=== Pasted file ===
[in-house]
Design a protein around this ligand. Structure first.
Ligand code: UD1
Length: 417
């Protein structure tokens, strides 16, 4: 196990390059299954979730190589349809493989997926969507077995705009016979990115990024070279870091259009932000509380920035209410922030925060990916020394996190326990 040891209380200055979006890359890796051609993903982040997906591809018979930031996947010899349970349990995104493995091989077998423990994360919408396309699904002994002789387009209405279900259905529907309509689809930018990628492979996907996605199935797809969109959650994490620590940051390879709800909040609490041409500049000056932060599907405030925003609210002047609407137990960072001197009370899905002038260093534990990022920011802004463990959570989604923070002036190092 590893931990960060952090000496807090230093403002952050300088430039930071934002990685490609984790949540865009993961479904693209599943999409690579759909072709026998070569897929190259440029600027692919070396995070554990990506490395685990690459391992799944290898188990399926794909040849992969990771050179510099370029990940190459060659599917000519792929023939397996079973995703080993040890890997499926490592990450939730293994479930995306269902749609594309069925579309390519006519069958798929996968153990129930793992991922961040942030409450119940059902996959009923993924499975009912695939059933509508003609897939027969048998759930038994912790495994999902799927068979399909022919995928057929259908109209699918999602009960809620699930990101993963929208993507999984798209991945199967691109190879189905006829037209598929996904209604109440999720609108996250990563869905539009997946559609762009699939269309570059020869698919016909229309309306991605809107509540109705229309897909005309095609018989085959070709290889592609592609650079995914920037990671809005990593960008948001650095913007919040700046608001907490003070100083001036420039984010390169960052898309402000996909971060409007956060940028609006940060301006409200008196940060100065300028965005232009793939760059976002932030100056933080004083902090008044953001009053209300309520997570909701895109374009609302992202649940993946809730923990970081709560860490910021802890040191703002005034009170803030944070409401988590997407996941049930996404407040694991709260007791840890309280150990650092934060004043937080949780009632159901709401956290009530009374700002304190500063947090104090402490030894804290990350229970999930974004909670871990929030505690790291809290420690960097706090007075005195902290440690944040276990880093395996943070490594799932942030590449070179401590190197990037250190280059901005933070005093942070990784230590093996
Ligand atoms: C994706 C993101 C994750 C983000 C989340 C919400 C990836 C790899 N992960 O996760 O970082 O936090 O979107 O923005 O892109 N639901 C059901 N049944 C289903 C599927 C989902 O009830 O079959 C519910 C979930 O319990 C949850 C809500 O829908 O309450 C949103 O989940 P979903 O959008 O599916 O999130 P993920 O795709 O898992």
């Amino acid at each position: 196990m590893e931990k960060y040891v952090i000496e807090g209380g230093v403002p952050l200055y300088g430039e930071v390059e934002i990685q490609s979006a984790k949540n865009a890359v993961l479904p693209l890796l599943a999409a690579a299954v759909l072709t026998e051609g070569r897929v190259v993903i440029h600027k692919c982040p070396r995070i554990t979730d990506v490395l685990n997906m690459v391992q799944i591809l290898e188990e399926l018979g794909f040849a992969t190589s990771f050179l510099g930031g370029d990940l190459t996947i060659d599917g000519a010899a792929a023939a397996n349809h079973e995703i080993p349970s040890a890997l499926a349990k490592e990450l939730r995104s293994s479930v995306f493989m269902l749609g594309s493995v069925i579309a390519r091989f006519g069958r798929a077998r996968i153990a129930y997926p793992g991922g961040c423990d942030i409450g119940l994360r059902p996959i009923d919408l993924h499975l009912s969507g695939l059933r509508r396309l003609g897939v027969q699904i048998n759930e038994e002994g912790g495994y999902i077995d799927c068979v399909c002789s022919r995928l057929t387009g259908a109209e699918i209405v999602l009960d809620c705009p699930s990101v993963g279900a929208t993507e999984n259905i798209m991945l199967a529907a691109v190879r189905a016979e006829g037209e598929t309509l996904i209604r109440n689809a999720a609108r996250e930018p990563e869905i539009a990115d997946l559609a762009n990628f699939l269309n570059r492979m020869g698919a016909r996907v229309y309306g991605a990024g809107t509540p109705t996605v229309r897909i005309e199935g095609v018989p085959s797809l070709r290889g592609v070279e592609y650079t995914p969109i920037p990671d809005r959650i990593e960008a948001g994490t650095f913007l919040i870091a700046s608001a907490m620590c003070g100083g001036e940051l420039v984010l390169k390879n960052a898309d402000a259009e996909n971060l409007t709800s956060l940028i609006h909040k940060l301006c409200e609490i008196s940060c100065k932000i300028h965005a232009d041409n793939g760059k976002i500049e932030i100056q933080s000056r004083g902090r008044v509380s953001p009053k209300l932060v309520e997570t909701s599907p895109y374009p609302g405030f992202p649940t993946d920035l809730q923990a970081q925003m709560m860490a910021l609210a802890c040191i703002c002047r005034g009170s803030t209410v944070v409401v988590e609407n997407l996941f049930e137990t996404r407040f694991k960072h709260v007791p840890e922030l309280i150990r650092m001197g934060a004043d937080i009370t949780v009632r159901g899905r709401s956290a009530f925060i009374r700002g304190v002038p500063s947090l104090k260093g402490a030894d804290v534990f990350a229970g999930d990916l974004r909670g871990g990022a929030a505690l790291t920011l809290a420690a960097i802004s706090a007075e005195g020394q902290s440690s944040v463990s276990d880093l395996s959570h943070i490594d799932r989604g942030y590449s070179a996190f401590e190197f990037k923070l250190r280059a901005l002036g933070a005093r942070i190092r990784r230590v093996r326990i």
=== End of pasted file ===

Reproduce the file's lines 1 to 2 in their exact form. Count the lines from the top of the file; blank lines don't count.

[in-house]
Design a protein around this ligand. Structure first.